You know, Freddie Mercury and Brian May are so brilliant on “Bohemian Rhapsody.” I said to the producer Adam Hamilton when we started, “I don’t’ know you. So lets start with ‘Bohemian Rhapsody,’ and if we can make it pleasant to ourselves, we’ll make a whole record.’ But it was a struggle, because Mercury’s brilliant voice was always there–though this is not an attempt to imitate anyone, but to make it entirely my own.
Your “spoken musical word” songs are truly unique.
I got asked to do talk shows and didn’t know quite what to say! I just wanted to be entertaining: I love the lyrical word–the onomatopoeia of the word–and thought some great lyrics lent themselves to an actor performing them, not sustaining a note but feeling the emotion and letting a beautiful melody and orchestration carry it. So I did it on talk shows and they were successful and suggested that the idea might work.
Not everyone ‘appreciated,’ shall we say, your music. Your 1968 debut album The Transformed Man was mercilessly mocked in some quarters, epecially your version of “Lucy In The Sky With Diamonds,” which George Clooney once said would be one of his Desert Island Discs, since it would inspire him to cut off and hollow out his own leg in order to make a canoe to leave the island.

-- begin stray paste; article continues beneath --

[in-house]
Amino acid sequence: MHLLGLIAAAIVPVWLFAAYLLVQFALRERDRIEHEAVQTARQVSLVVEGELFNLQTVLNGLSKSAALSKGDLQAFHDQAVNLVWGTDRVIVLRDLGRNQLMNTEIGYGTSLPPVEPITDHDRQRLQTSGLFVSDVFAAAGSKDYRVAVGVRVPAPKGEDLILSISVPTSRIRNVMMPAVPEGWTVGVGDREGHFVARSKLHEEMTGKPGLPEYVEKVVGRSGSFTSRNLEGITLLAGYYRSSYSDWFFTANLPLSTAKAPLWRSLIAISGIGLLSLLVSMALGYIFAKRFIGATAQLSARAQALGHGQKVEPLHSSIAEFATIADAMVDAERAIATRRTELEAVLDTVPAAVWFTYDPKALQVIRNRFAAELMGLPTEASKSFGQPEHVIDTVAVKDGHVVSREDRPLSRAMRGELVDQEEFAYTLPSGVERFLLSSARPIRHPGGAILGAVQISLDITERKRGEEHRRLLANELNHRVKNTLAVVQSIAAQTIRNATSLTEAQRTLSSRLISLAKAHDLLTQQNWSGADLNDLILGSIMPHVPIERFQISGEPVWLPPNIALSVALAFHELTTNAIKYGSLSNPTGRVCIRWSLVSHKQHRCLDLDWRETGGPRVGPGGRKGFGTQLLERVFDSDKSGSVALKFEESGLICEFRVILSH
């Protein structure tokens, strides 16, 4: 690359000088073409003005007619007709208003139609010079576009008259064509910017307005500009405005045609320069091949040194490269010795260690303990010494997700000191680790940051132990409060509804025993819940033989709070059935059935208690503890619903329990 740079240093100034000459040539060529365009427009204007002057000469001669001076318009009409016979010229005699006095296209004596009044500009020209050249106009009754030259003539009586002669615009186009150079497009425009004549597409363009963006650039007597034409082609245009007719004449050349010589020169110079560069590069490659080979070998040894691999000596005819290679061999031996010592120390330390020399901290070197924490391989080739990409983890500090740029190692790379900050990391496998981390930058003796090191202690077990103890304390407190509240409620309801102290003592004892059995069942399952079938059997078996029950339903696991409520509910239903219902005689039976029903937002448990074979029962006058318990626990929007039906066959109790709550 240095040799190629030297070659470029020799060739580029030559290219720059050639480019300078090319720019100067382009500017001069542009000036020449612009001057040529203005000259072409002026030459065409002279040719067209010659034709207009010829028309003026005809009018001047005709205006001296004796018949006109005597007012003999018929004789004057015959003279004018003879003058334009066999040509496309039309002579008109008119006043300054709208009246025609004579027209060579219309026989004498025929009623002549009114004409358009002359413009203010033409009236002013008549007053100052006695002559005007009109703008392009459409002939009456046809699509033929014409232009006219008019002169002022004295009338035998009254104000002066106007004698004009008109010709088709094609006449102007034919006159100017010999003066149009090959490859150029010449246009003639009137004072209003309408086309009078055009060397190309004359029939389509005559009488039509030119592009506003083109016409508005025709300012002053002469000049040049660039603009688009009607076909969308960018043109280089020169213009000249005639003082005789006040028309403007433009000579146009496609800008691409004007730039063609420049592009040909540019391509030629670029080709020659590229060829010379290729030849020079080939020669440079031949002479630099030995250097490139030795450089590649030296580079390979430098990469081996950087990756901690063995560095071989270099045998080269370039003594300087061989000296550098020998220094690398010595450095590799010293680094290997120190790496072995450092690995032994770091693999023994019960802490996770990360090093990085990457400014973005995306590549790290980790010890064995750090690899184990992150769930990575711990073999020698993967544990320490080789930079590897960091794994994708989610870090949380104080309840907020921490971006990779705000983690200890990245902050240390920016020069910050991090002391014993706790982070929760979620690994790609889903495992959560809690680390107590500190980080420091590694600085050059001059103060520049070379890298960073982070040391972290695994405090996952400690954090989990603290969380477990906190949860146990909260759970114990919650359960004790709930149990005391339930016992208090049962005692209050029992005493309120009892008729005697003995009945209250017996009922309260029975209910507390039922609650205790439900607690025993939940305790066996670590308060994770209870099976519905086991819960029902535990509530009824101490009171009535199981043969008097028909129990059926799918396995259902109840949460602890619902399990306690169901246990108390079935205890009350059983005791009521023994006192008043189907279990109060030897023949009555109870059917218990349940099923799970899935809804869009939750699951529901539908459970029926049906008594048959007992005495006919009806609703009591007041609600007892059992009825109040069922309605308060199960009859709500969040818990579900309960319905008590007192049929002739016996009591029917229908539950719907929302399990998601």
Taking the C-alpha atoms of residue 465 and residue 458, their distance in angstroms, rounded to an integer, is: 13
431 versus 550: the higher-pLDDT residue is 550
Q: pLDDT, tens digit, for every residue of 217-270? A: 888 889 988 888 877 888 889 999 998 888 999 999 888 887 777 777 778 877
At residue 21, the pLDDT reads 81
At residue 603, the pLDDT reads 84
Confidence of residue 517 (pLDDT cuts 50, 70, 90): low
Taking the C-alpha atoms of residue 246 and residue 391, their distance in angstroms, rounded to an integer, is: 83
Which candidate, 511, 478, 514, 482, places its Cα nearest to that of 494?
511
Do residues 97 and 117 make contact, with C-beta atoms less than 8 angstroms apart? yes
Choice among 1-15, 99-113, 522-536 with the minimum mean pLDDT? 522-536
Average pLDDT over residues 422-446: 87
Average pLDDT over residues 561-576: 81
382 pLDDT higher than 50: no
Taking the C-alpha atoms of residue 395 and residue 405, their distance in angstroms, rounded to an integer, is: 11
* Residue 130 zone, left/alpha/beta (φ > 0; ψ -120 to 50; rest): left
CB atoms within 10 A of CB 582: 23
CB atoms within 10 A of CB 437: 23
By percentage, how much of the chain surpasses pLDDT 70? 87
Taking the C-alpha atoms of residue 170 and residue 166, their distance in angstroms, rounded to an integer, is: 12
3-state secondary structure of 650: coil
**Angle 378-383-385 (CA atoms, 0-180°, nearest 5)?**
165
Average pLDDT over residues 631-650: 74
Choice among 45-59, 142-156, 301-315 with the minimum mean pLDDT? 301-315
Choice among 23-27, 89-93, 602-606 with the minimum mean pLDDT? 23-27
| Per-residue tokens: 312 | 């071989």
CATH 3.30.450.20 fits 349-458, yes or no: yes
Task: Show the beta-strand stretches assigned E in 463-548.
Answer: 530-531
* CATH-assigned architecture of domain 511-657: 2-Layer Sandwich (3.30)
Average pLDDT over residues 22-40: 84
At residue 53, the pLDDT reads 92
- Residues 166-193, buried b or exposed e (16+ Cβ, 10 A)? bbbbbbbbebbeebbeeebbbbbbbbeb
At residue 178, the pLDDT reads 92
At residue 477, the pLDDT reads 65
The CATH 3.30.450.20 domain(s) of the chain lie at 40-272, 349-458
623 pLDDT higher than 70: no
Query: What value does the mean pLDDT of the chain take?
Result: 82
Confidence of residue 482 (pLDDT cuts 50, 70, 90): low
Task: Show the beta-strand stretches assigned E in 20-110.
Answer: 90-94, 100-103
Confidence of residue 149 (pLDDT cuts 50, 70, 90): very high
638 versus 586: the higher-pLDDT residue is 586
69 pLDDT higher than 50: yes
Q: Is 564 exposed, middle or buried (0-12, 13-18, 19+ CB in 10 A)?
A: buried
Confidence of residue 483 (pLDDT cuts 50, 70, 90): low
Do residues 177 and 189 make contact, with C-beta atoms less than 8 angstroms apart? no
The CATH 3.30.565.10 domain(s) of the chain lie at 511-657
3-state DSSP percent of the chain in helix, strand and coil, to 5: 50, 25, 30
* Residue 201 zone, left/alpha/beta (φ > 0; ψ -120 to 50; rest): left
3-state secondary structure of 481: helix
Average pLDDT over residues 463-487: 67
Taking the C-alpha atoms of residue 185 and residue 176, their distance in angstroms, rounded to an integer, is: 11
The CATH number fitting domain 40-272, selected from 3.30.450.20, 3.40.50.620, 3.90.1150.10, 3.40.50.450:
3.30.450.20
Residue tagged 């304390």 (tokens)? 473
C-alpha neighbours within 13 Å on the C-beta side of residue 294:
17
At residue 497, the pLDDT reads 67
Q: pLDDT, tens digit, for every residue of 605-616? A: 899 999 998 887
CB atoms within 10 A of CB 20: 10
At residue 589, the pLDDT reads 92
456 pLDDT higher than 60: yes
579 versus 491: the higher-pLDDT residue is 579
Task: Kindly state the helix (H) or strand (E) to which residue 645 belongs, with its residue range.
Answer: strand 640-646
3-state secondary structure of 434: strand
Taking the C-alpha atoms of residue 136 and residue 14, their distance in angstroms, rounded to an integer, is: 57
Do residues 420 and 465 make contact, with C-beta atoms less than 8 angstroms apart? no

The Transformed Man was also a concept album. If people listened to each cut in its entirety they might have gathered what I was trying to do—linking great literature of yesteryear to the great song lyrics of today—with music. But people mostly heard one or two songs that were performed by me as an actor, that weren’t in context.
You’ve written novels—many of them Star Trek titles—and have a new nonfiction book that’s just come out, Shatner Rules: Your Guide To Understanding The Shatnerverse And The World At Large.
The book’s basic premise is, Say yes to opportunity, even though you get mocked and laughted at, and it doesn’t turn out as you expected. In your life you can’t expect to know what comes from saying yes, so I said yes to The Transformed Man—which is what led me to Seeking Major Tom.
So how did you come up with your spoken musical word concept?
In my day it was Frank Sinatra, and the way he climbed up a note with his jazz interpretation of a standard really moved you. I couldn’t do what Frank Sinatra did in the use of his voice, but I had a lifetime of dwelling on a word and making it suggest something to a listener or theater-goer, that the author might not have thought of.
How do you mean…
Because I say words as an actor, with feeling and emotion and an intellectual component–such that every thing I say has a slightly different connotation to me than to you. The way I say something subliminally suggests how I feel, and that pertains to the lyrics of songs.
How, then, does this relate to Seeking Major Tom?
These songs are sung by characters who are meaningfully saying words–as I do in my interpretations of the songs.
Brian May’s guitar solo at the end of “Bohemian Rhapsody” is filled with the same agony as the lyric Freddie Mercury is singing in his beautiful voice. I tried to bring that agony to the agony of Major Tom in linking the lyric with the music. Good, bad or indifferent, I’m trying to do different things!